These days more than ever we hear people talking about hate. The media in particular obsesses over so-called “hate crimes.” The logic behind this fear is that incidents motivated by hatred over religion, gender, class, or any other distinction are somehow worse than crimes committed over money, love, or any other number of factors.
And, of course, we know that too many elements of our society brand mere differences of opinion as hate. Advocates of traditional marriage often receive the brand of “hater” because they believe in a particular definition of wedlock, even though these people may have never expressed outright hatred toward anyone. That’s just one example, but accusations of hate regarding differences in political or cultural philosophy happen far too often lately.
We’re seeing this phenomenon rear its ugly head in the UK in particular. Last month, the police in South Yorkshire began a campaign to ask citizens to report acts of hate where a crime had never actually taken place:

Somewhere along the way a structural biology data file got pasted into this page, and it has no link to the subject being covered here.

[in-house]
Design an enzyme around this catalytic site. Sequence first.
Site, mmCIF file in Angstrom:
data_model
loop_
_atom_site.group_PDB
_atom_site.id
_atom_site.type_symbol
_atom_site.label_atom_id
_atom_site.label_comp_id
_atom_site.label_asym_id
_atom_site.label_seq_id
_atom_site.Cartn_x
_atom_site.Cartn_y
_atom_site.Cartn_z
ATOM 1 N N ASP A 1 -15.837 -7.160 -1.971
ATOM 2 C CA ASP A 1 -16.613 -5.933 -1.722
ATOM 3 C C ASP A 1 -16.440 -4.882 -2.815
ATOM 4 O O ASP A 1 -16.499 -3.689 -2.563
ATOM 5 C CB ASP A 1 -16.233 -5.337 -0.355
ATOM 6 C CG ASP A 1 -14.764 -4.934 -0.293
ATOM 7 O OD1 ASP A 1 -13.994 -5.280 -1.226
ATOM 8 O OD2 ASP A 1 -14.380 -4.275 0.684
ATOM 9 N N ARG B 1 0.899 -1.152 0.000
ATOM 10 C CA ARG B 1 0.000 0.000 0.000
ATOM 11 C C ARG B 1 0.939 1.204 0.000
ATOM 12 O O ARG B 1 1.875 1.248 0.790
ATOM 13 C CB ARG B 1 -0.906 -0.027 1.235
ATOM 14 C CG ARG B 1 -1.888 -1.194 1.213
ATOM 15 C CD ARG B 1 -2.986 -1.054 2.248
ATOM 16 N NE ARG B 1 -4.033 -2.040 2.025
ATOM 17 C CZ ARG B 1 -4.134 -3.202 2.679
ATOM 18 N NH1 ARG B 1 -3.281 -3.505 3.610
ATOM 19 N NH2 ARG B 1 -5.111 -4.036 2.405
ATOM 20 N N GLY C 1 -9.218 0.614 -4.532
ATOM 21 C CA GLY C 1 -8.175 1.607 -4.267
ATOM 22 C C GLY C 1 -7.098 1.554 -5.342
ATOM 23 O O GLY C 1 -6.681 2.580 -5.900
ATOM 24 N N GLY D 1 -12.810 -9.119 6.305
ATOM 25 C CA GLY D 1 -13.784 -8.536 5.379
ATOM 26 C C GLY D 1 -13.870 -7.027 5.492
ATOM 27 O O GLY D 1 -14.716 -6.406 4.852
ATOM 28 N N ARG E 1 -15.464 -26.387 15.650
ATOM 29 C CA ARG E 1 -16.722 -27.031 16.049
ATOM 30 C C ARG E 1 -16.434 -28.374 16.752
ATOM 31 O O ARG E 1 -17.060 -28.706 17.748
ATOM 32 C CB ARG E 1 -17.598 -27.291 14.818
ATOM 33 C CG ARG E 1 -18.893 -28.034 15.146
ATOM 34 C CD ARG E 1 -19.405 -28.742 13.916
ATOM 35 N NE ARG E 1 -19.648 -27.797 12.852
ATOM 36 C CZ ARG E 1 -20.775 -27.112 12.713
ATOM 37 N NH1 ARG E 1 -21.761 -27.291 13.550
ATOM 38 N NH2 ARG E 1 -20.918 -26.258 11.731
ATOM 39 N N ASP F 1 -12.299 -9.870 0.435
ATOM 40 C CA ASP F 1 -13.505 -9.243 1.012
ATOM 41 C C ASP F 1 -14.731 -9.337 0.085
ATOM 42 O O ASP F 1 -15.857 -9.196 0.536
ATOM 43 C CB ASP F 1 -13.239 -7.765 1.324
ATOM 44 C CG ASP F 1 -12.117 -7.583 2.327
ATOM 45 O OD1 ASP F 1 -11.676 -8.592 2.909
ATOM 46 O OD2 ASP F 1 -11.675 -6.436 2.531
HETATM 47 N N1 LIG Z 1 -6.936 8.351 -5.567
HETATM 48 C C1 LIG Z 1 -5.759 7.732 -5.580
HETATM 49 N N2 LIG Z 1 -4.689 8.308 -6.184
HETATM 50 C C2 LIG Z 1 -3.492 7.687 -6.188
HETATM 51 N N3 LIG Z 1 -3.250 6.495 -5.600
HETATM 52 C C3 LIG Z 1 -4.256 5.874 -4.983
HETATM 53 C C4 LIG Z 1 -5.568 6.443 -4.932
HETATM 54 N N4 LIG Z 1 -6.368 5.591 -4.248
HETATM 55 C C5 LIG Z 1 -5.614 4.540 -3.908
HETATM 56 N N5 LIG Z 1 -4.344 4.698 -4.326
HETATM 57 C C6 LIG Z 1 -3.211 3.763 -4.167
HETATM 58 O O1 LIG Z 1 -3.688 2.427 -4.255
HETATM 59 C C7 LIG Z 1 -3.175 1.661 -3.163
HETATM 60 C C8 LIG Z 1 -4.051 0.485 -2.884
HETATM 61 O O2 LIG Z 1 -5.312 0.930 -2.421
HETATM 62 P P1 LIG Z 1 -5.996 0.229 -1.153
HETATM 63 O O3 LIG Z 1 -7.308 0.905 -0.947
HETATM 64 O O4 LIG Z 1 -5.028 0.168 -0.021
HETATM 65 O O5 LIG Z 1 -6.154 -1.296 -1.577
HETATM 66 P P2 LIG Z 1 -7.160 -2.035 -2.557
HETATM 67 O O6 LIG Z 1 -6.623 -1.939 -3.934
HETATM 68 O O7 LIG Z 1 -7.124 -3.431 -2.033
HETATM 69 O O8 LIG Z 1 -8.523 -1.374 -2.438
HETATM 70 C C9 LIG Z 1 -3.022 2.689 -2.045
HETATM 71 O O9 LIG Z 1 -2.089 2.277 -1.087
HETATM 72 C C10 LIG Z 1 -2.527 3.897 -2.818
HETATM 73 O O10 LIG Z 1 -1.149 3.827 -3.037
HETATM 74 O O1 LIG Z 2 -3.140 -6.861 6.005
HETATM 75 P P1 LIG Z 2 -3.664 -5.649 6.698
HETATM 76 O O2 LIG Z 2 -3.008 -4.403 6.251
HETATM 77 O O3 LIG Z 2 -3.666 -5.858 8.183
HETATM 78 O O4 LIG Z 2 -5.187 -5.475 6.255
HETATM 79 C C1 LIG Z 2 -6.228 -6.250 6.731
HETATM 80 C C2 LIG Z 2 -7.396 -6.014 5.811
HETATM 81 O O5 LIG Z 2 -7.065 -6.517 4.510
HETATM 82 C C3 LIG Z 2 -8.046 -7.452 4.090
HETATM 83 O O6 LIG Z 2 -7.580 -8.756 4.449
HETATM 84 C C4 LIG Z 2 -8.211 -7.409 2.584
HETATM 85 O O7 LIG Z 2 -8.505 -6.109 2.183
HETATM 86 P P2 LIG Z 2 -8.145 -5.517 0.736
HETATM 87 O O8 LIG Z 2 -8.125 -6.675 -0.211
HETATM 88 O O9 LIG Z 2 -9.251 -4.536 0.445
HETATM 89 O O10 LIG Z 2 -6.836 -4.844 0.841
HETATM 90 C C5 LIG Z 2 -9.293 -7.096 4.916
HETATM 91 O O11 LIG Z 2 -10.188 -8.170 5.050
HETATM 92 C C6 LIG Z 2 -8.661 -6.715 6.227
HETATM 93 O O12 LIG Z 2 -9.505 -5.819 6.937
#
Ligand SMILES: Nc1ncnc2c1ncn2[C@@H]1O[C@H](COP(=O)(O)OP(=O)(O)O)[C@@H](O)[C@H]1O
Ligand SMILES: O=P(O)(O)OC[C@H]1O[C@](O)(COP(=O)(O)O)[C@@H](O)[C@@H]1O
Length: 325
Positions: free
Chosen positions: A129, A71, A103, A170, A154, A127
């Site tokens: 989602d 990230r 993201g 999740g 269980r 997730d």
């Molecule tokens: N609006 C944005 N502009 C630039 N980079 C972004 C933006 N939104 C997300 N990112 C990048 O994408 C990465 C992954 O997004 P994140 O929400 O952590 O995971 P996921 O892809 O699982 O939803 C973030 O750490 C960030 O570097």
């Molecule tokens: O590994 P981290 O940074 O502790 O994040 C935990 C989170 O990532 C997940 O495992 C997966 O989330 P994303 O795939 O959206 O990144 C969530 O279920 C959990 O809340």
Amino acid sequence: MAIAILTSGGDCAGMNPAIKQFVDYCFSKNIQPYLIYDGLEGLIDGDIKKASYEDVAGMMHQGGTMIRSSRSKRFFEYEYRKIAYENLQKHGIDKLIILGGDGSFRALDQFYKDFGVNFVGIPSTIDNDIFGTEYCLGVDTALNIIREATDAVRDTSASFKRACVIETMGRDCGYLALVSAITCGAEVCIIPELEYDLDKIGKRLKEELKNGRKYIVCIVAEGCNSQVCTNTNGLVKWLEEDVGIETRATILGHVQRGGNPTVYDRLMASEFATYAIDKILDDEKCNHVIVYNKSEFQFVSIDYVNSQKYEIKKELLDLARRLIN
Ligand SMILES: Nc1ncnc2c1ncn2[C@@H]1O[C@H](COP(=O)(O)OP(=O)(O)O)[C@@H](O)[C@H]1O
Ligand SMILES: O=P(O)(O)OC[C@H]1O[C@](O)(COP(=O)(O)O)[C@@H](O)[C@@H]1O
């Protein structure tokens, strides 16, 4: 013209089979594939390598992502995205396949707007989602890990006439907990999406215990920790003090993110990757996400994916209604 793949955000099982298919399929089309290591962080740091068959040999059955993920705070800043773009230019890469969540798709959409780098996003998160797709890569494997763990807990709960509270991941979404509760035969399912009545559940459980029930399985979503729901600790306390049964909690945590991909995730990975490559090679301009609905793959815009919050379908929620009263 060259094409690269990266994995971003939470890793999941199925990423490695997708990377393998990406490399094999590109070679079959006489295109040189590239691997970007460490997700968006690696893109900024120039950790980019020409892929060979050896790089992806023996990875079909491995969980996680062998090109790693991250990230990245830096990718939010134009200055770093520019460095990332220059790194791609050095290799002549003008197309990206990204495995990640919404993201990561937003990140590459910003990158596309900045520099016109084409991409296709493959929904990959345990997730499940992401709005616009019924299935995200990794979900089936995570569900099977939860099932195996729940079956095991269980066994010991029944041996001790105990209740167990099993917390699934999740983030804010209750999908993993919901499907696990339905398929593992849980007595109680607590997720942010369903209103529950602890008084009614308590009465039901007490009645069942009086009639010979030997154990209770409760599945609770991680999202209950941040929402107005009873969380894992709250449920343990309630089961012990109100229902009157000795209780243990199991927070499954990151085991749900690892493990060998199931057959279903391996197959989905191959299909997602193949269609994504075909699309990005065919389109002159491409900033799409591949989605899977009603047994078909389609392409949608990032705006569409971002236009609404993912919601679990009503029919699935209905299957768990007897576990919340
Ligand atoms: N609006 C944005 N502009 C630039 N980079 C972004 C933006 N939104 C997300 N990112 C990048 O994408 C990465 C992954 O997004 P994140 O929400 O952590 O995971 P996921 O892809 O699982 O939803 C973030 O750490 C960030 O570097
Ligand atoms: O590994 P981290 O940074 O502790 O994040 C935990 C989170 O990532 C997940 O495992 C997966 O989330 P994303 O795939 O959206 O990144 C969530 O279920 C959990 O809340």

In addition to reporting hate crime, please report non-crime hate incidents, which can include things like offensive or insulting comments, online, in person or in writing. Hate will not be tolerated in South Yorkshire. Report it and put a stop to it #HateHurtsSY pic.twitter.com/p2xf6OLoQZ
— South Yorkshire Police (@syptweet) September 9, 2018
That’s right, the police want folks in South Yorkshire to tattle on their neighbors if they express an opinion or make a remark that someone could constitute as “hate.” You can’t get much more Orwellian than that.
The Scottish government’s “One Scotland” initiative is going after hate crimes as well with a new campaign of posters and videos that announce to “bigots,” “racists,” “homophobes,” “transphobes,” and “disablists” that Scotland has “had enough” of hate crimes.
Read more at PJ Media